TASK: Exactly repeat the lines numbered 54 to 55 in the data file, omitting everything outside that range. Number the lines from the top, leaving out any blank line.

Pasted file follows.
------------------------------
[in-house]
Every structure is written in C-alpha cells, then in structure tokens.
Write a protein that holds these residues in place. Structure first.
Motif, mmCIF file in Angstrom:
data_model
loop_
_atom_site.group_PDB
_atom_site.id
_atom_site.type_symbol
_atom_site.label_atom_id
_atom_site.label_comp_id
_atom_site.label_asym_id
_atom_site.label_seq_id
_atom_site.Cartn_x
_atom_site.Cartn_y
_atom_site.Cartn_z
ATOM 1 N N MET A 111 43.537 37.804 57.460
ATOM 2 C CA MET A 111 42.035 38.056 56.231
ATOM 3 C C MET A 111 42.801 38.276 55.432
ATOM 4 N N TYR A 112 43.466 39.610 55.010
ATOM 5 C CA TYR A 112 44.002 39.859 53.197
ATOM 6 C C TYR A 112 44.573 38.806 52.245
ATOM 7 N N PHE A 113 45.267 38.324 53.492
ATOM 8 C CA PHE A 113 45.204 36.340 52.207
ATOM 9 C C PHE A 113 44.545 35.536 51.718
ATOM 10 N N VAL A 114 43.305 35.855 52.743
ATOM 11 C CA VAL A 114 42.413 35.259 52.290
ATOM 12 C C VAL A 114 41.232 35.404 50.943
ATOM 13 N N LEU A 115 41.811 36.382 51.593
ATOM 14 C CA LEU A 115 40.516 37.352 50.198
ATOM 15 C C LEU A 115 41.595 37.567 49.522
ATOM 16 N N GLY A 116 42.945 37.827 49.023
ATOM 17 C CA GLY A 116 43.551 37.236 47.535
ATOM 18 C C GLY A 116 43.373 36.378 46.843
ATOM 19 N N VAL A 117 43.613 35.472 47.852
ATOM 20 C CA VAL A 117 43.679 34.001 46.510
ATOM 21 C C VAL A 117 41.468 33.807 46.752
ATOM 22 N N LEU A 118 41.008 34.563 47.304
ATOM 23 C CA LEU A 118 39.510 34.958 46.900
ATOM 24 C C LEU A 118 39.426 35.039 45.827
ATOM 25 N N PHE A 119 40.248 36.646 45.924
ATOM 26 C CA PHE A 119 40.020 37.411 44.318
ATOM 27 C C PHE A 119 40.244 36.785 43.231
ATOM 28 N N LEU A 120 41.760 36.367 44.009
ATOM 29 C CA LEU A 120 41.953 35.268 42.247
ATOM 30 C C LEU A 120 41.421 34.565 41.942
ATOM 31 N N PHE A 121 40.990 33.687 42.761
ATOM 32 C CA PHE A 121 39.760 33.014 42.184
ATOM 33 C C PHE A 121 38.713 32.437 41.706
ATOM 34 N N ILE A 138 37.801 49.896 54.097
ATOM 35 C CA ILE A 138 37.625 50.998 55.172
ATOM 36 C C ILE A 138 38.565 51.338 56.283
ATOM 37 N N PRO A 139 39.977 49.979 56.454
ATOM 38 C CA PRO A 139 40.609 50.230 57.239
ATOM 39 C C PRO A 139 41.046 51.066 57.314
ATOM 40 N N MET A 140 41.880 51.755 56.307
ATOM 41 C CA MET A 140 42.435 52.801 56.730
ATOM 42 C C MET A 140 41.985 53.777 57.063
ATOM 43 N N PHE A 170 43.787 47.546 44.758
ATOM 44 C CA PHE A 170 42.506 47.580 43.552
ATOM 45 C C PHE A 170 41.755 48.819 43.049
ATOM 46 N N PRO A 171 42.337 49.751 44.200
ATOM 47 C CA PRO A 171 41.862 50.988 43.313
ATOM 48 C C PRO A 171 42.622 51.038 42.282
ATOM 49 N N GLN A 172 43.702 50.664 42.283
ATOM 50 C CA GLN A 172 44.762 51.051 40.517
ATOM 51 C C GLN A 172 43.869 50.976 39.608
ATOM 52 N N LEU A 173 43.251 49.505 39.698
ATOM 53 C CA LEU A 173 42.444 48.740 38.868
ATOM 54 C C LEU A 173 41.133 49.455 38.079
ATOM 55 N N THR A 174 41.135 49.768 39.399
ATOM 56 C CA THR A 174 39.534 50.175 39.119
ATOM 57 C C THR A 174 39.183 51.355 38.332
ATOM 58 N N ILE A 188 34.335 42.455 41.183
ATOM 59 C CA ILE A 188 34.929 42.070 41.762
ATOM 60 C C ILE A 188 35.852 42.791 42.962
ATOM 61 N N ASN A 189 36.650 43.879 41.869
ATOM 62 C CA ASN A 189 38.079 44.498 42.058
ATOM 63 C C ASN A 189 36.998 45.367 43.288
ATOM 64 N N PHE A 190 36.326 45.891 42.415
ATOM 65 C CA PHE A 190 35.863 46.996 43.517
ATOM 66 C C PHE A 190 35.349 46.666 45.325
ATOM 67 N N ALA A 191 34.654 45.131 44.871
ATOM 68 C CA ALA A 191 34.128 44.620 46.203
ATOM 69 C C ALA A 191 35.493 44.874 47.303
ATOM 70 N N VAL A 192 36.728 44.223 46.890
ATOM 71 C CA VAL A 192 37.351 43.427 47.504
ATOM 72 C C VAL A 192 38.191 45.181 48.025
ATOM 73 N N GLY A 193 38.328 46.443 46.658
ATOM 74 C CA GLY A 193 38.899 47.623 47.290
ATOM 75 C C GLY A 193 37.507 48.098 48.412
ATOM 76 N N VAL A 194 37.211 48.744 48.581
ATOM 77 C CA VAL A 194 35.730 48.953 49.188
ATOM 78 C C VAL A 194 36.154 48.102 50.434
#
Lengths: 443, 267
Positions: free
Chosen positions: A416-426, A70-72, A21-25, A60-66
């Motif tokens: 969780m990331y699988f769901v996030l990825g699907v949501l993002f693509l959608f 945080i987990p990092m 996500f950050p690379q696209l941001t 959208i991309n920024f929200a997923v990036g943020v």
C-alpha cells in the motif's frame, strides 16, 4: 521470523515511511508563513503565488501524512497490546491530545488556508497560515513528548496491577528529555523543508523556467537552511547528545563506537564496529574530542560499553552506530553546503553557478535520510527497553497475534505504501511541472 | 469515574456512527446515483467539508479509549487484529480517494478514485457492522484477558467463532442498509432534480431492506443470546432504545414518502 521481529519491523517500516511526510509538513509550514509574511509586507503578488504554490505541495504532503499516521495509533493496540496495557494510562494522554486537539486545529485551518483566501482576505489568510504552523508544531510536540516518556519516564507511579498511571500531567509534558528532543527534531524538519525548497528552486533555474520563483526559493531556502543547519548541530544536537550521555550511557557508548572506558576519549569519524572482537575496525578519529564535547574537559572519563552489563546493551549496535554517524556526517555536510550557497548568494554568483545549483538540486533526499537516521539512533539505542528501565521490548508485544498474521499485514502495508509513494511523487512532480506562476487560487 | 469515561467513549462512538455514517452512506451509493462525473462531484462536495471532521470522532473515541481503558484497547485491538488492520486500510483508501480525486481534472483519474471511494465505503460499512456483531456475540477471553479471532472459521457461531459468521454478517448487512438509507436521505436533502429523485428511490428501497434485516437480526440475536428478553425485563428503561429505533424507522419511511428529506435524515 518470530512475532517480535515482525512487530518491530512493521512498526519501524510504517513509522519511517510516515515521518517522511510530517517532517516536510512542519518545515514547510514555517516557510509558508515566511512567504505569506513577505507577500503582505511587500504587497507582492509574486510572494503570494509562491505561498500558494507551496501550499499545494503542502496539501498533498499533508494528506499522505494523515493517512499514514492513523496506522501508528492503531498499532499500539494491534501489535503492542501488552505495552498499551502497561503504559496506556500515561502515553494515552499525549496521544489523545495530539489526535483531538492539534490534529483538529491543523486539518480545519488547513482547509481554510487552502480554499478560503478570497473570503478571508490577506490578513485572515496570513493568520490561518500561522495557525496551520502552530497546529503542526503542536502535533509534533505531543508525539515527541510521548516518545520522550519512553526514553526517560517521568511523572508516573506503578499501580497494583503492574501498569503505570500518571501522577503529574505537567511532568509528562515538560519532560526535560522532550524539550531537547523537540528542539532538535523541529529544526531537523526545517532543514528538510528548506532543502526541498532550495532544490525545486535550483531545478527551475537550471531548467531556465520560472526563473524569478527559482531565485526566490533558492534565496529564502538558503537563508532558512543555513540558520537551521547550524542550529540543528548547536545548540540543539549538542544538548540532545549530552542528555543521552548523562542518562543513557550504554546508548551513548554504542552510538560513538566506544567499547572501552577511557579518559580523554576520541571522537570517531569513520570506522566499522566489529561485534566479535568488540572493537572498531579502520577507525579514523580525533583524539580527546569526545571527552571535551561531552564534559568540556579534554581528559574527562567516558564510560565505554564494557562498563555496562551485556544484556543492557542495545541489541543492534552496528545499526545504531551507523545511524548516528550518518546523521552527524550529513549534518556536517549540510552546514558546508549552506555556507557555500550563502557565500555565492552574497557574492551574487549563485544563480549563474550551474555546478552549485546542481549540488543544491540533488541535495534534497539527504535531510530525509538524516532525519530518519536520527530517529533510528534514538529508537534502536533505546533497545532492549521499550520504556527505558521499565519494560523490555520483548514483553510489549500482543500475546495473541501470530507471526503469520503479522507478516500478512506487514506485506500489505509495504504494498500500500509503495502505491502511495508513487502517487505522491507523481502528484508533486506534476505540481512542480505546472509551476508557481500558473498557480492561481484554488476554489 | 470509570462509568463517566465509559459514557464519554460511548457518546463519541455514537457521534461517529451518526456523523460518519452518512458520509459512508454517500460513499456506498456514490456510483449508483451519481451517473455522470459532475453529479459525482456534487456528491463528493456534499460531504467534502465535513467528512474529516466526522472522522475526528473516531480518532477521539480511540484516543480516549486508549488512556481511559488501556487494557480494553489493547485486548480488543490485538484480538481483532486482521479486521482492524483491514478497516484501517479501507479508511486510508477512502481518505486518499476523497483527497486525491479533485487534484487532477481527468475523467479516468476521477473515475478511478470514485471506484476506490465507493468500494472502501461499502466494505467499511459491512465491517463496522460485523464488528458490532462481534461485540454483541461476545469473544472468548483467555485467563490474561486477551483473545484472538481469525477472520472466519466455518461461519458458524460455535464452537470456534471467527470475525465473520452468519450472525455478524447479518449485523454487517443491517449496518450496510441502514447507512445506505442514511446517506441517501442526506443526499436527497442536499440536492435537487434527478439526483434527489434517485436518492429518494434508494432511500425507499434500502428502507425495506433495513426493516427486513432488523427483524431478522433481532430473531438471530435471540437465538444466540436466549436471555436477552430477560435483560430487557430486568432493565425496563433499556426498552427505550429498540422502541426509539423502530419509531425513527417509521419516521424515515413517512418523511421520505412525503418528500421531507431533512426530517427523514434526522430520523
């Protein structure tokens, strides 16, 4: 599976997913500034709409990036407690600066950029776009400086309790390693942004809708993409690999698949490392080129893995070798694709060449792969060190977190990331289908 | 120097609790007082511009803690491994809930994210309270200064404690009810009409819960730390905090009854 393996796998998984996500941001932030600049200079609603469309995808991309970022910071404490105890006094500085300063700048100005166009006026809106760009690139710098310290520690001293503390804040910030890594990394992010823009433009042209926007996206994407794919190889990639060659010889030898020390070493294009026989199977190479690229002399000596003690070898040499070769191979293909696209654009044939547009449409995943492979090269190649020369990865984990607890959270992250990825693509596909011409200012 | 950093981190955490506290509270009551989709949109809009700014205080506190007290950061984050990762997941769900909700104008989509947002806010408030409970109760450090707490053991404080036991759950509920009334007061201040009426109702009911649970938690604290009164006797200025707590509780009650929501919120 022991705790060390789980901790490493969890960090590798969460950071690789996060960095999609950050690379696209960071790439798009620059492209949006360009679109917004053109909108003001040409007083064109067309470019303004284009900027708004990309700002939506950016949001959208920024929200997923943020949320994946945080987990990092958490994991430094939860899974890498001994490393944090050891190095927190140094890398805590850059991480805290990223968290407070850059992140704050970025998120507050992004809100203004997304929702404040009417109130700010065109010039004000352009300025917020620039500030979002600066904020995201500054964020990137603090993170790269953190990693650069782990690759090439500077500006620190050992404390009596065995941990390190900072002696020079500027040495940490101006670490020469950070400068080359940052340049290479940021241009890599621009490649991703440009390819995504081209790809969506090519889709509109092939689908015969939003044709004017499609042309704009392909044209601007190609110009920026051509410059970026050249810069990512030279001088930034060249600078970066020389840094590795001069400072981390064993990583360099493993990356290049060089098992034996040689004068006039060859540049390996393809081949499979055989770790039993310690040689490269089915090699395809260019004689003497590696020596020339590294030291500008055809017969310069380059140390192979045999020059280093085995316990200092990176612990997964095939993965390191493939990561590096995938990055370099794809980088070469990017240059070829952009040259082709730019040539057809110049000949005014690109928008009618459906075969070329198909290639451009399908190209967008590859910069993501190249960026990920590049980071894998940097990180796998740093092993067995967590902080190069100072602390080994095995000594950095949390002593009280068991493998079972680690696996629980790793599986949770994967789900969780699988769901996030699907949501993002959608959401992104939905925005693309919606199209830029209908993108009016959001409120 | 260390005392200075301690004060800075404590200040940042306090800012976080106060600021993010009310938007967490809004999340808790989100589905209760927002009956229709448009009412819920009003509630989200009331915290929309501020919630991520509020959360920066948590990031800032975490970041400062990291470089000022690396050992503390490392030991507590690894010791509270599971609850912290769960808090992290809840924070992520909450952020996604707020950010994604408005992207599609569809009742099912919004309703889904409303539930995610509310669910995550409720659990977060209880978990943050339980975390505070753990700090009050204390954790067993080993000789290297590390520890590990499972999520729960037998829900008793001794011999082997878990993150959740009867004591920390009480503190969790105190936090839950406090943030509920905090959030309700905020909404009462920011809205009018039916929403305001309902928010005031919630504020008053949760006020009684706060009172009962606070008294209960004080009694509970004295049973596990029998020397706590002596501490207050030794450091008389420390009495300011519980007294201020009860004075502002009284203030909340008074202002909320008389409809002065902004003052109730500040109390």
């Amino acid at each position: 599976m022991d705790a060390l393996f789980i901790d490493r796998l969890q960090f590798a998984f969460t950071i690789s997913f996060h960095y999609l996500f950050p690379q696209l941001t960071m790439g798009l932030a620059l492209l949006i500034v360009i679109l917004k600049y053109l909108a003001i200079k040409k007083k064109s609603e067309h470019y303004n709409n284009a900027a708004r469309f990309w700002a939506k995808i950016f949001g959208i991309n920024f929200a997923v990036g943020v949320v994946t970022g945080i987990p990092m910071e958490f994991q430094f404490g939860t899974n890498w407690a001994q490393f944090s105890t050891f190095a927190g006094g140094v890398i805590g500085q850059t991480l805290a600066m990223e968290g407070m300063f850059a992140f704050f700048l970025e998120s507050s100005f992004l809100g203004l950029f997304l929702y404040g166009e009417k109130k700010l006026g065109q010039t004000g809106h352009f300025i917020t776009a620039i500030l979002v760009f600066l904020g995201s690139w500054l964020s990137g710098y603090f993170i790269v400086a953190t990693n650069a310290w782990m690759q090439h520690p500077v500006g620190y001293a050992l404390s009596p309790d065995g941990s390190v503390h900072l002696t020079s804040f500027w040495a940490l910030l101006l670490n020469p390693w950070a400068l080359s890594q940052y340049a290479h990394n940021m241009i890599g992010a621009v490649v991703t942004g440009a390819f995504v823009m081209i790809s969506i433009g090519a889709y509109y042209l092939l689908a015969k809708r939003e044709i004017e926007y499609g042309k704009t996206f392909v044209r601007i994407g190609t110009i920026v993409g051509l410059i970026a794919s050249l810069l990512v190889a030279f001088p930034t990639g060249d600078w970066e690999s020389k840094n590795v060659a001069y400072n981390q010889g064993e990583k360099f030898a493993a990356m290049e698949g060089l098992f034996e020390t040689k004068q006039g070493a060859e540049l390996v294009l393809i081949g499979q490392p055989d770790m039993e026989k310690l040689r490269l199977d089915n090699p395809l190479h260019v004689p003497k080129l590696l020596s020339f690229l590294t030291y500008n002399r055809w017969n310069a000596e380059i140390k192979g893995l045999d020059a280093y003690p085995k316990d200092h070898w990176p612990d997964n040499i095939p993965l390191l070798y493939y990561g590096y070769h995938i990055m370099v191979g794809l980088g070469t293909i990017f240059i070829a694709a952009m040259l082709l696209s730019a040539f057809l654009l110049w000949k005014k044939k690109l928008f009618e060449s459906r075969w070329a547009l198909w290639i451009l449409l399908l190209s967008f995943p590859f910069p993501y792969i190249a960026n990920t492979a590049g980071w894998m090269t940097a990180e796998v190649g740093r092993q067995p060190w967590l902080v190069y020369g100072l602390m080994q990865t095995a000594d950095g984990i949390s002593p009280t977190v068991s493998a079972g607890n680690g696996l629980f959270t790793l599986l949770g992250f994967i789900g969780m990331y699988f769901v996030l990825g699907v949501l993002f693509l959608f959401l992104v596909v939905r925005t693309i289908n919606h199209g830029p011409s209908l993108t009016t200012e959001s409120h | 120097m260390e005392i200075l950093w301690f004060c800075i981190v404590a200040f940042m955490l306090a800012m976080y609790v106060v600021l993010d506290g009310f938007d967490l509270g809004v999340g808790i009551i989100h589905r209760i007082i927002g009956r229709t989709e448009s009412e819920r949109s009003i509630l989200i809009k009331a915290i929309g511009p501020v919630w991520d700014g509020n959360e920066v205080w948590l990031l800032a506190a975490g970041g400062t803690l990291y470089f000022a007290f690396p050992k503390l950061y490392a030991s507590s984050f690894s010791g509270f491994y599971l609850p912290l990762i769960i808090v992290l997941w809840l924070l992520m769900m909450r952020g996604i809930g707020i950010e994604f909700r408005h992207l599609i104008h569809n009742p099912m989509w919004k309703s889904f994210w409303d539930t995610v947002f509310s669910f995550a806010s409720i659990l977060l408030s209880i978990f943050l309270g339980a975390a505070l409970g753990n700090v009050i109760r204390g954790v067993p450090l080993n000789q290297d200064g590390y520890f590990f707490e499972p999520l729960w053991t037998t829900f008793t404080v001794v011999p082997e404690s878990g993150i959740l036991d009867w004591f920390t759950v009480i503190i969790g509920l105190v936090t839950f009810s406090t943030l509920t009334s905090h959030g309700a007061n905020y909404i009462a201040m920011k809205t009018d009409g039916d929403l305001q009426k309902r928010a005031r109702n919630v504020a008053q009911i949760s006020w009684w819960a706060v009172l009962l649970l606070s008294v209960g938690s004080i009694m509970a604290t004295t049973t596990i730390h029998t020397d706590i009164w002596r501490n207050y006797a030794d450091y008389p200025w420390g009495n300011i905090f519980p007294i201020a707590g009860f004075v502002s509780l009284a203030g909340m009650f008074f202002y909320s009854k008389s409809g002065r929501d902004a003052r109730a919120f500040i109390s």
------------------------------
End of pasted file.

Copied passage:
ATOM 38 C CA PRO A 139 40.609 50.230 57.239
ATOM 39 C C PRO A 139 41.046 51.066 57.314